The Government Accountability Office said that from 2008 to 2012 one agency, the Natural Resources Conservation Service, made $10.6 million payments on behalf of more than 1,100 people who'd been dead at least a year. Another branch, the Risk Management Agency, paid out $22 million to more than 3,400 policyholders who'd been dead at least two years.
Some of the payments may have been legal because they were for work done before the farmers died, but GAO said the problem is the two agencies don't perform the routine checks — such as looking at the Social Security lists — to see.
"Until and unless NRCS and RMA develop and implement procedures to have their payment or subsidy data records matched against SSA's complete death master file, either through coordination with FSA or on their own, these agencies cannot know if they are providing payments to, or subsidies on behalf of, deceased individuals; how often they are providing such payments or subsidies; or in what amounts," the investigators wrote.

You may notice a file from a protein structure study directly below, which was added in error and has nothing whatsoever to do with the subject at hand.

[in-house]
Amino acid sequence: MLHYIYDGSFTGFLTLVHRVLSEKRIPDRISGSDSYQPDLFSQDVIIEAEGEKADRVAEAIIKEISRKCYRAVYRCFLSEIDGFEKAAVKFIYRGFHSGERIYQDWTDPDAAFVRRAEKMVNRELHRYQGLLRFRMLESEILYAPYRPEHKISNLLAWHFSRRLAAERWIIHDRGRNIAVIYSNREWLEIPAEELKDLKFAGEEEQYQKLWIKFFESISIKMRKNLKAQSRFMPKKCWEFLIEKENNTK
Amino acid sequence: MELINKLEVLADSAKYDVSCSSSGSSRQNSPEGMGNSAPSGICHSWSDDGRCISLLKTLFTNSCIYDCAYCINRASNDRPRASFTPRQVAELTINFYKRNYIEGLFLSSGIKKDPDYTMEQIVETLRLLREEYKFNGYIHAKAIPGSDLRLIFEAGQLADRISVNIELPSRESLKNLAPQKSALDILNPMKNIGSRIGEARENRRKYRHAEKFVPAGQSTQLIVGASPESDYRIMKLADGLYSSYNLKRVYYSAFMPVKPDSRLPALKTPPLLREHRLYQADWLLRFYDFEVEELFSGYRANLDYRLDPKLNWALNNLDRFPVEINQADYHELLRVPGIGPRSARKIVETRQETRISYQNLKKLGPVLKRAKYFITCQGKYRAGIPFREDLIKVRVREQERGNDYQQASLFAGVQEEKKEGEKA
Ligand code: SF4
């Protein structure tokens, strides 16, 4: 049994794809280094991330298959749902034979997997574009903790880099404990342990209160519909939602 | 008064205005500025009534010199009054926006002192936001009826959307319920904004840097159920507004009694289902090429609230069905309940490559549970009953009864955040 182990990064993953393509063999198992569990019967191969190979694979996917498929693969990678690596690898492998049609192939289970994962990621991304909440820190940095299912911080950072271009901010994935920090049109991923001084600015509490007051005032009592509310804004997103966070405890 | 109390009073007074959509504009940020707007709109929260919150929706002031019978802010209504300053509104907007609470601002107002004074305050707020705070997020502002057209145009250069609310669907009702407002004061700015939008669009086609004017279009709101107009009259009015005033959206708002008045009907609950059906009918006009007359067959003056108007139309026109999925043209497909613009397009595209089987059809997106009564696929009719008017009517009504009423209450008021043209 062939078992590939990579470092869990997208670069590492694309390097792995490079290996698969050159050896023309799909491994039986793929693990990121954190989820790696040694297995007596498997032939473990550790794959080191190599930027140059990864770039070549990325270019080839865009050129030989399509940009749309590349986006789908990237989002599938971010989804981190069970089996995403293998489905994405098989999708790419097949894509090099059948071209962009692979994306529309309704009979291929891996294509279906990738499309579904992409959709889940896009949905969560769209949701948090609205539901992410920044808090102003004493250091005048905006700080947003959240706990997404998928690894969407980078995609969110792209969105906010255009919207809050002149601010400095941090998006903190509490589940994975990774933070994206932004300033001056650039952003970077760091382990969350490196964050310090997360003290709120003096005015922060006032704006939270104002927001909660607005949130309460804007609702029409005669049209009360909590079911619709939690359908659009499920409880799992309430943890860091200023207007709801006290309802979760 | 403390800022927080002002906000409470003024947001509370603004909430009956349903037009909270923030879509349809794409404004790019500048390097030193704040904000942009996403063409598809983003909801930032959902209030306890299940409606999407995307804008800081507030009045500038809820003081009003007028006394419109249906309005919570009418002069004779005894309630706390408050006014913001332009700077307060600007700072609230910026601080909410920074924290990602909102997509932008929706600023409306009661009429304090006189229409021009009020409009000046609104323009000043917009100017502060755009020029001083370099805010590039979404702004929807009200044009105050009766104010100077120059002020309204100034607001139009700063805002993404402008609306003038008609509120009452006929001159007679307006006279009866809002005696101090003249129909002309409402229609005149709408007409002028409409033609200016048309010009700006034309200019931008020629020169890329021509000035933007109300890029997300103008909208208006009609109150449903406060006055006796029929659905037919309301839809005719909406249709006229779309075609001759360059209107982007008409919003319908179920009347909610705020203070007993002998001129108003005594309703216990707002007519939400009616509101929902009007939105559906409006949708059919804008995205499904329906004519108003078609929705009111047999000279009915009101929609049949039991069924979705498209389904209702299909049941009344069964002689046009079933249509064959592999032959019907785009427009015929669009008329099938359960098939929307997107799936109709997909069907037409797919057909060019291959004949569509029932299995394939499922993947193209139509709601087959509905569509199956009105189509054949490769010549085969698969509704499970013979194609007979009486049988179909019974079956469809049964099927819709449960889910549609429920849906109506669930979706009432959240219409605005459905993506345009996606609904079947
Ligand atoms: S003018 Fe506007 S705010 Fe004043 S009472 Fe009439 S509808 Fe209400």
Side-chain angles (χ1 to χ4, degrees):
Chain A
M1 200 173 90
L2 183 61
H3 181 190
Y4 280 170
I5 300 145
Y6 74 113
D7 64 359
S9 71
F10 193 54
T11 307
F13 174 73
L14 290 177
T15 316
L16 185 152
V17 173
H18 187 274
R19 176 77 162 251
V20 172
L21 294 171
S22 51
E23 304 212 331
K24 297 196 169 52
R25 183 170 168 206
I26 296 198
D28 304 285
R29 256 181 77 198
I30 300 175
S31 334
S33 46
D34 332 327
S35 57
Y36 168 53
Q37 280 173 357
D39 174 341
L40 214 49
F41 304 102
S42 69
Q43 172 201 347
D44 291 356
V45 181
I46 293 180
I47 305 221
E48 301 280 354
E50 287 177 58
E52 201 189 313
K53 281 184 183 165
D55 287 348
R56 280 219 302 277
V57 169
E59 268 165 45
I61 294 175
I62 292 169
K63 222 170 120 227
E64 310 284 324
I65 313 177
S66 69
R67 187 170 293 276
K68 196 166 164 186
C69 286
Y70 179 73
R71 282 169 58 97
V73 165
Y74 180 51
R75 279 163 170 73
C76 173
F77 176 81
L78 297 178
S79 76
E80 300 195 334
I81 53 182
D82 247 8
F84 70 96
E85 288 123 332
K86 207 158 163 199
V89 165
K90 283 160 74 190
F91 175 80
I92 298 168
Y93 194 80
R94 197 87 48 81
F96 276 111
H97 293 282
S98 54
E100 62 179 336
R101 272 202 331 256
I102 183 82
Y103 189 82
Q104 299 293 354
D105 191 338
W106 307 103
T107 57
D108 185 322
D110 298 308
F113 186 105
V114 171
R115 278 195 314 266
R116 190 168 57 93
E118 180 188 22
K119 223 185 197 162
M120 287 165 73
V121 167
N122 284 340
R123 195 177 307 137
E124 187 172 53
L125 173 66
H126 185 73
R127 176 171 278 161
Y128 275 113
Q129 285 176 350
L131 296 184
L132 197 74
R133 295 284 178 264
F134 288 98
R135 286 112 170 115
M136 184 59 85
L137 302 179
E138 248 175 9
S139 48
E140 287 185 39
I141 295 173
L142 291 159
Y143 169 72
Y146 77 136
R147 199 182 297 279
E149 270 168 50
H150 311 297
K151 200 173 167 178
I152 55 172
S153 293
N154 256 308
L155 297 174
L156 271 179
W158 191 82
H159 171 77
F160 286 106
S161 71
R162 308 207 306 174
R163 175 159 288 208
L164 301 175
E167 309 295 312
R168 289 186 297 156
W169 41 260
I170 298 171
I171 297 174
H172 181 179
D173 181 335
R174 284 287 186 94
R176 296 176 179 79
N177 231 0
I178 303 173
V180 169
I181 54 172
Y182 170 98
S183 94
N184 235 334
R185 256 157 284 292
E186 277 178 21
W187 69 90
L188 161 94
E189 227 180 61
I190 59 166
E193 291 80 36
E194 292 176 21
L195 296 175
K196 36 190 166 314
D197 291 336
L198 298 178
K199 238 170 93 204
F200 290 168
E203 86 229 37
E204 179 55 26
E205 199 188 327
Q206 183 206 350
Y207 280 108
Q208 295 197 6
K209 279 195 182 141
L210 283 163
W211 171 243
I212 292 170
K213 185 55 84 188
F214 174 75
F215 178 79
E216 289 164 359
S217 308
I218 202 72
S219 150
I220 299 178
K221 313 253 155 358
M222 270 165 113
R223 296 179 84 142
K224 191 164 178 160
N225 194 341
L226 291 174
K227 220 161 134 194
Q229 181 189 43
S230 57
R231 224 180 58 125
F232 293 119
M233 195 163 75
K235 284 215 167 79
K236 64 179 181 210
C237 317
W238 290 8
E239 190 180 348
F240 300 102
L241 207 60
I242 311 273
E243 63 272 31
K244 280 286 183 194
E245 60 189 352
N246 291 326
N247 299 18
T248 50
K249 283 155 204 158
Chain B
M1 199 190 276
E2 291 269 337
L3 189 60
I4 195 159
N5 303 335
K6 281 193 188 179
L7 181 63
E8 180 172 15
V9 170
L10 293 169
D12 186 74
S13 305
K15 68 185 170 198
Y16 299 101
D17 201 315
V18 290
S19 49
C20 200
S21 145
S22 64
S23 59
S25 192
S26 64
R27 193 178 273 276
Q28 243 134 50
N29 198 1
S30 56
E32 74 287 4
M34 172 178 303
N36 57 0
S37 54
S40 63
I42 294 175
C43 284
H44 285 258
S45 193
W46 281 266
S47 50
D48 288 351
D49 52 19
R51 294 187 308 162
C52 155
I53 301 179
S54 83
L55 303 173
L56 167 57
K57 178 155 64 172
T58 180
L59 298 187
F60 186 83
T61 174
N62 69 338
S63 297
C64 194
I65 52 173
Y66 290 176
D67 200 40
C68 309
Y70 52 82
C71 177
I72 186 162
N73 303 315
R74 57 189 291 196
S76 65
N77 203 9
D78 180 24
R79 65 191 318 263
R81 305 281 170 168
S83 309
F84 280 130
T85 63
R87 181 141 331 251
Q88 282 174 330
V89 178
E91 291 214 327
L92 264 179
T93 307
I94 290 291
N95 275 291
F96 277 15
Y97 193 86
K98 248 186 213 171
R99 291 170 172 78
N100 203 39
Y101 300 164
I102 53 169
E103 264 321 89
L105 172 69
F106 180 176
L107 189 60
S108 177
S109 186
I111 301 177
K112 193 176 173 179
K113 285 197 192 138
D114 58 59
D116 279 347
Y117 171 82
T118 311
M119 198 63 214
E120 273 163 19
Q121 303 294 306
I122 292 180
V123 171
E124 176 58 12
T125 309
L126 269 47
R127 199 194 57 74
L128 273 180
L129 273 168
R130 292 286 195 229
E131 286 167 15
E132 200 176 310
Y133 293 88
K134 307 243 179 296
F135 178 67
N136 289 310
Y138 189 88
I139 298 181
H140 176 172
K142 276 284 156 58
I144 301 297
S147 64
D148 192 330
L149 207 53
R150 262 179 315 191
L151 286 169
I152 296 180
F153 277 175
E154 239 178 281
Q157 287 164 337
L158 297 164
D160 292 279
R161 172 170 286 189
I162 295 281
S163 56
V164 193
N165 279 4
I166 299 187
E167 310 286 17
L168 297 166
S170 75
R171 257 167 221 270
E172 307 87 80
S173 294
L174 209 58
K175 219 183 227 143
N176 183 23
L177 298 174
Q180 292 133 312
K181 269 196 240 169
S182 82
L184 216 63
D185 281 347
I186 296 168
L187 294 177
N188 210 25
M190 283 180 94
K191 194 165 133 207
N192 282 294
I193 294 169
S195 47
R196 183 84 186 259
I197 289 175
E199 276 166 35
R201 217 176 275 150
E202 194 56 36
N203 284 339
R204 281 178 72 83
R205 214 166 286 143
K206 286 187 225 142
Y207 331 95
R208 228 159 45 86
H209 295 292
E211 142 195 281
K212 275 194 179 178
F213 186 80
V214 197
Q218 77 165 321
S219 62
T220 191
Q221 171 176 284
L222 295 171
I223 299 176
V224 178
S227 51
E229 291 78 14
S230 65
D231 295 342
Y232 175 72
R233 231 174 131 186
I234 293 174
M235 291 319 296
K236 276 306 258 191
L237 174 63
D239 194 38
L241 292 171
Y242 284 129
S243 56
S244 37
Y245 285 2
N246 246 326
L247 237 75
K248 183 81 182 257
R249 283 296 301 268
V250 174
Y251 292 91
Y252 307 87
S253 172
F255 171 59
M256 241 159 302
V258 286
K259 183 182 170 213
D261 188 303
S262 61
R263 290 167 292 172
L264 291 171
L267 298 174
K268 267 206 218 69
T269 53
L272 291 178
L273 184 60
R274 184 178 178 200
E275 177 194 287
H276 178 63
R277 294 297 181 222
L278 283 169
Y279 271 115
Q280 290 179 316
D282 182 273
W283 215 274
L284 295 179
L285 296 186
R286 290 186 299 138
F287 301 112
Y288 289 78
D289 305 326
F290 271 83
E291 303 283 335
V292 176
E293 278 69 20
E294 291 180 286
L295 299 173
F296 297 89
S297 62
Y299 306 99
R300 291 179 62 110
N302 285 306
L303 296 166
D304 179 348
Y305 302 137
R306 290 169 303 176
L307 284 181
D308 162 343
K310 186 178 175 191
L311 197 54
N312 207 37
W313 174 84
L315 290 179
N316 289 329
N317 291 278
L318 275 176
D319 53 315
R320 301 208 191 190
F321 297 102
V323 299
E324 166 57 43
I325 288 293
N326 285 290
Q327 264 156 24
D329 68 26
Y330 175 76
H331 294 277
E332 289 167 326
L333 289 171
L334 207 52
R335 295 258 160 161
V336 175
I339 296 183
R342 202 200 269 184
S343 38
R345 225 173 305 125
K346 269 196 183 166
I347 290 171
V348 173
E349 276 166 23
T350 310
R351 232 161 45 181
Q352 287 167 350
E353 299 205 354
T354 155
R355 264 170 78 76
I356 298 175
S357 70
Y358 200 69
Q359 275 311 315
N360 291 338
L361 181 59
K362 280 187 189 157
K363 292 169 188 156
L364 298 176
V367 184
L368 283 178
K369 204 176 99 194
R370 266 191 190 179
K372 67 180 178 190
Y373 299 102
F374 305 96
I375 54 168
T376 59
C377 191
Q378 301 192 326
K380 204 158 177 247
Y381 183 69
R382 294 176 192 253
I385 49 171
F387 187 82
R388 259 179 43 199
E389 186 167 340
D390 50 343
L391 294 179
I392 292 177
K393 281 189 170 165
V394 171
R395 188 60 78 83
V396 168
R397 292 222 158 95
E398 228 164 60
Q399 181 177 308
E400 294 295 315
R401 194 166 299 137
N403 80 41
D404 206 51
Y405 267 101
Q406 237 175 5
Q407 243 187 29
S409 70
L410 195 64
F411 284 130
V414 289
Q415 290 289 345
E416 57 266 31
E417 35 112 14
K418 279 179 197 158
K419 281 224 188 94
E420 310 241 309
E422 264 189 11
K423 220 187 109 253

GAO said the Agriculture Department has shown some progress since a previous audit found hundreds payments to 172,801 dead people, totaling some $1.1 billion, between 1999 and 2005.
And the current rate of potentially bad payments is slim compared to the overall budget for subsidies, which runs to about $20 billion a year.
In its official response to the audit, the Agriculture Department said it does have some procedures in place to check to see if it is paying live beneficiaries.
But the department acknowledged their procedures "were not effectively and consistently implemented to identify deceased individuals."
Near the end of the GAO's yearlong audit, the Agriculture Department signed an agreement to begin to get the Social Security Administration's death master file, so it can begin checking names of those it is paying.